Americans assume personal care products on the market today have been tested or approved by the federal government. However, they are largely unregulated. In fact, it has been more than 80 years since Congress last updated the federal law designed to ensure that personal care products are safe. The Food and Drug Administration does not even require the basic safety testing of ingredients in personal care products before they are used.
Although other countries have taken action to protect their citizens from chemicals linked to cancer and reproductive harm, FDA lacks the basic tools needed to ensure the safety of cosmetics and other personal care products.
Now a bipartisan group of lawmakers wants to change that.
In response to new asbestos detections of Johnson & Johnson’s popular baby powder, EWG today urged Congress to act quickly to require warning labels on products made with talc.Read More
WASHINGTON – Scott Faber, EWG’s senior vice president for government affairs, issued the following statement on the introduction of the Safe Cosmetics and Personal Care Products Act of 2019 by Rep. Jan Schakowsky (D-Ill.):Read More
The Food and Drug Administration has issued a safety alert urging consumers to stop using cosmetics from Beauty Plus, after the agency found the deadly carcinogen asbestos in at least four different talc-based products.Read More
CVS, one of the nation’s largest drugstore chains, recently announced it will phase out two common sunscreen ingredients, oxybenzone and octinoxate, from many of its store-brand sun-protection products. CVS cited the changing needs of its customers, concern for marine ecosystems and the desire to stay ahead of state-level chemical bans.Read More
I try to stay up to date on the latest beauty trends, especially when they involve products advertised as “clean” or “nontoxic.” Even before my internship with EWG’s Healthy Living Science team, I knew that claims like “natural,” “nontoxic,” “plant based” and “clean” have no legal basis or standardized definition in the personal care industry.Read More
The cancer-causing chemical 1,4-dioxane, which contaminates the drinking water of millions of Americans and is found in personal care products and other consumer goods, is “not an unreasonable risk” to the American public or the environment, according to the Environmental Protection Agency.Read More
EWG board member Michelle Pfeiffer met with federal lawmakers today to urge them to support bipartisan legislation to reform a woefully outdated law governing the cosmetics industry.Read More
Today EWG released its 13th Annual Guide to Sunscreens, which rates the safety and efficacy of more than 1300 SPF products, including sunscreens, daily moisturizers and lip balms with SPF values. EWG researchers found that two-thirds of sunscreen products still offer inferior sun protection or contain worrisome ingredients, like oxybenzone.Read More
More than 40 nations have banned or restricted more than 1,400 chemicals in cosmetics and other personal care products. So why are chemicals linked to cancer and reproductive harm still turning up in cosmetics sold in California?Read More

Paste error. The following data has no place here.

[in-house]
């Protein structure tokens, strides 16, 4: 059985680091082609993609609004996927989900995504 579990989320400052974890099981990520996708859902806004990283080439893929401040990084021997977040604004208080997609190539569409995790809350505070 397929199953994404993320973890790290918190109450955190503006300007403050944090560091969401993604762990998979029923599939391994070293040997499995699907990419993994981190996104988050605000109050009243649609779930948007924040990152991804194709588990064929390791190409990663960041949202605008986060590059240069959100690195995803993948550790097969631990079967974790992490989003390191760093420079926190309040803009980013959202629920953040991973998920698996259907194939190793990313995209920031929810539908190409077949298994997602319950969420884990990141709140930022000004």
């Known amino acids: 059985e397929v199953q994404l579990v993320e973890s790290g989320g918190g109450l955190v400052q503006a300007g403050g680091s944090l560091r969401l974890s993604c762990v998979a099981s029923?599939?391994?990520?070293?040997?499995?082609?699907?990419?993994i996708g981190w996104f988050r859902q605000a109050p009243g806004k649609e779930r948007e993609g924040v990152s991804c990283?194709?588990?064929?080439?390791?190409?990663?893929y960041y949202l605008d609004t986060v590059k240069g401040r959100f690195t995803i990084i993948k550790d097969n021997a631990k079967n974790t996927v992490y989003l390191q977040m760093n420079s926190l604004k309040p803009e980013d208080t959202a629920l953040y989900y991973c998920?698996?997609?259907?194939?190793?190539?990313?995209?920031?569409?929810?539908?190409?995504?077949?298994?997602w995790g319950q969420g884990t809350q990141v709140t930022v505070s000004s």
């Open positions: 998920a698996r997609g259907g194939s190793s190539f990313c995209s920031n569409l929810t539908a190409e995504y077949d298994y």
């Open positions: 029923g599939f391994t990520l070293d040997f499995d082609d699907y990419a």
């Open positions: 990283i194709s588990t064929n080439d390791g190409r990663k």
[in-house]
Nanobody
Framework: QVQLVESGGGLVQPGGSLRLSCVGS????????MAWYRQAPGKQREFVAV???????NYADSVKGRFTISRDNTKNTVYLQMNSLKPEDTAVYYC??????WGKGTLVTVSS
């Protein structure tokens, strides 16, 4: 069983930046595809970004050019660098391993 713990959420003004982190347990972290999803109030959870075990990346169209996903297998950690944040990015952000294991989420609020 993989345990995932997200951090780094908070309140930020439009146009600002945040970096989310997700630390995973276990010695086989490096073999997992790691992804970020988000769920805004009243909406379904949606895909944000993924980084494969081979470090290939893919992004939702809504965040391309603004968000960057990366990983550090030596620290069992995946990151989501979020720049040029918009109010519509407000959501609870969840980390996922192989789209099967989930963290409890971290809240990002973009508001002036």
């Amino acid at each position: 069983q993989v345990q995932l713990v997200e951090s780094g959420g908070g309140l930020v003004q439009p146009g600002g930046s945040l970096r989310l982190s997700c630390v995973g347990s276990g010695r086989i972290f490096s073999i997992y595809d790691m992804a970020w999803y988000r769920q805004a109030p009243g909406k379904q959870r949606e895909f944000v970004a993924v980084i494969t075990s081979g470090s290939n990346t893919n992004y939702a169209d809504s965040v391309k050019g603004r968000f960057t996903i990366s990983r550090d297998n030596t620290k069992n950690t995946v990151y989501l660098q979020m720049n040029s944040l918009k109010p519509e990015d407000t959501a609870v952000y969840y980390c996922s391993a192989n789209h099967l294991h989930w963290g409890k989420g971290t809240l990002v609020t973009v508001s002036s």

Today Michelle Pfeiffer launched Henry Rose, a new collection of five distinct scents that meets the Environmental Working Group’s rigorous criteria for health, ingredient disclosure and transparency. This is the first fine fragrance line to earn the EWG VERIFIED™ mark.Read More
More than ever, Americans want to know everything about our food, cosmetics, cleaners and other everyday products we bring into our homes.Read More
U.S. regulation of chemicals and contaminants in cosmetics is falling behind the rest of the world, according to an EWG analysis.Read More
The Environmental Protection Agency announced a confusing and deceptive decision today about the notorious carcinogen formaldehyde: Under the guise of taking action, the decision likely will have the effect of delaying further restrictions on its use, said EWG Legislative Attorney Melanie Benesh.Read More
Landmark legislation introduced today would ban the use in cosmetics sold in California of 20 highly toxic chemicals known to cause cancer, reproductive harm or hormone disruption.Read More
Rep. Debbie Dingell (D-Mich.) introduced legislation today that would require warning labels on cosmetics that could contain asbestos and are marketed to children.Read More
In testimony today before a House oversight hearing on cancer-causing chemicals in consumer goods, Scott Faber of the Environmental Working Group warned that talc-based personal care products could be contaminated with asbestos and called for greater oversight by the U.S. Food and Drug Administration.Read More
A bipartisan bill introduced by Sens. Dianne Feinstein (D-Calif.) and Susan Collins (R-Maine) would give the Food and Drug Administration the power to ensure that the chemicals used in cosmetics and other everyday personal care products are safe, said Scott Faber, EWG’s senior vice president of government affairs.Read More
The Food and Drug Administration issued a rare alert today, urging consumers to stop using certain cosmetics products from the national retailer Claire’s, after the agency found the deadly carcinogen asbestos in at least three different talc-based products.Read More